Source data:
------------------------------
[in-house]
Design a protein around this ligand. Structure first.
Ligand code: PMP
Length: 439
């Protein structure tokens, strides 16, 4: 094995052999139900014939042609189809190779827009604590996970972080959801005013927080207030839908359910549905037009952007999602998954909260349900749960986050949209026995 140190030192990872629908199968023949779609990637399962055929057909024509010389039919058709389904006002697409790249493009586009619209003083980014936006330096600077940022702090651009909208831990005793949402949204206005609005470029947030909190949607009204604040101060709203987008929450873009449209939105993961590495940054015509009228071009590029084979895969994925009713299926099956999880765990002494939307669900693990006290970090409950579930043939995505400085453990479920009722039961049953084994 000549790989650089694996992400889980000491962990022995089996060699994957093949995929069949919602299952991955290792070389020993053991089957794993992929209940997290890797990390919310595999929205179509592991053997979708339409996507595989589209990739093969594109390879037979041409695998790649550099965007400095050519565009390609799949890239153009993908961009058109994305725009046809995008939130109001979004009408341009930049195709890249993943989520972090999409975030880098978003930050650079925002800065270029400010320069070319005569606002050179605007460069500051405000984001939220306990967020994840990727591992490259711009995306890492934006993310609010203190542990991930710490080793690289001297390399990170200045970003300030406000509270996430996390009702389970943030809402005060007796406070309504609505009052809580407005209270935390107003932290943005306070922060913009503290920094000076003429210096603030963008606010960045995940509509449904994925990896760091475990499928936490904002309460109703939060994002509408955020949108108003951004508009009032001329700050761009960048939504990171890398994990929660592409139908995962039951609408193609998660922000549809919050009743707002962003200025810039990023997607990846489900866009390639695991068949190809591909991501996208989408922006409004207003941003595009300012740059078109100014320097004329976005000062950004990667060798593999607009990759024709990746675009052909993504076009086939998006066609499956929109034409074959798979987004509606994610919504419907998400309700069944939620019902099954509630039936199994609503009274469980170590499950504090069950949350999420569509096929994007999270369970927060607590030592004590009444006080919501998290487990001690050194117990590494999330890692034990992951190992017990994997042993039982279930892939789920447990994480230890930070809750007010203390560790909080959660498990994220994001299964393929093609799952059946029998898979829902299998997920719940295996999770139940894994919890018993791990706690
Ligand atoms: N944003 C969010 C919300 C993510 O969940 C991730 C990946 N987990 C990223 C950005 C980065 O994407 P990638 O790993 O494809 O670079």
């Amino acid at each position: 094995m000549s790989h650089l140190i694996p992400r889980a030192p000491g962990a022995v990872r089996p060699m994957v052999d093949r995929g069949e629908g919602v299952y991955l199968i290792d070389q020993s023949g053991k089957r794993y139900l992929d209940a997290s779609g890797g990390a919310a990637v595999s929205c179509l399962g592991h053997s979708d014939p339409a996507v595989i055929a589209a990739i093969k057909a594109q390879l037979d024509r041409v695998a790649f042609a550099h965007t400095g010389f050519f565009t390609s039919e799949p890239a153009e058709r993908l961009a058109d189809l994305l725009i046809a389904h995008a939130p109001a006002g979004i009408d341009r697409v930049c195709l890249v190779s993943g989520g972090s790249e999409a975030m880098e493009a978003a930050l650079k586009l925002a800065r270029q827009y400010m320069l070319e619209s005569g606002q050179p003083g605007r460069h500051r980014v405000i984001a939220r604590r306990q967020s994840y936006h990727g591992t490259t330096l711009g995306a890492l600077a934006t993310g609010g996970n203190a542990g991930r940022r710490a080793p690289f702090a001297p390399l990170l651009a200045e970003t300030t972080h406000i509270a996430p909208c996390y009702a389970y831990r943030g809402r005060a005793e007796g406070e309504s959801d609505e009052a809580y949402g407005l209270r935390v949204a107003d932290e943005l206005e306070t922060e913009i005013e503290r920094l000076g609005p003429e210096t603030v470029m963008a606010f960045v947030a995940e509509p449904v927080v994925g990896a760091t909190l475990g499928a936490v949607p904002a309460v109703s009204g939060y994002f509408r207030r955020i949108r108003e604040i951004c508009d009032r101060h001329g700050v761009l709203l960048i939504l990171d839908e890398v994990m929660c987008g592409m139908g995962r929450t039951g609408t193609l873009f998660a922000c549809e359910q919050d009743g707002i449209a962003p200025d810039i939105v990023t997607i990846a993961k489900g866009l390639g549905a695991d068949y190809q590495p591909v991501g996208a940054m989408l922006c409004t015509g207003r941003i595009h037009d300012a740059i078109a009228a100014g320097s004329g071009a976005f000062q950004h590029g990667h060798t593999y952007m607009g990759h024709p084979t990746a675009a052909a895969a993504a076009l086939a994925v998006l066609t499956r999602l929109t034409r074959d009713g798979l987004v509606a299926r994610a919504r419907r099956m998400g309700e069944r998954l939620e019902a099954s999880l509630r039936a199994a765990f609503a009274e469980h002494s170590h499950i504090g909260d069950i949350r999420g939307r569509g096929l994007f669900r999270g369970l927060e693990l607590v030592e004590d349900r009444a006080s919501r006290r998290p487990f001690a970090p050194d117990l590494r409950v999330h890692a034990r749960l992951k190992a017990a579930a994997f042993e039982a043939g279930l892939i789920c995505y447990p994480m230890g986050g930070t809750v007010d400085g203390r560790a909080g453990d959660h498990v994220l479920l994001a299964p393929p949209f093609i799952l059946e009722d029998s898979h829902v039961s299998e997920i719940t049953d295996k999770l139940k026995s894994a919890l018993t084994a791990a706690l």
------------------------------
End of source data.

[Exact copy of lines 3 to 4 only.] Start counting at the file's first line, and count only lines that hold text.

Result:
Ligand code: PMP
Length: 439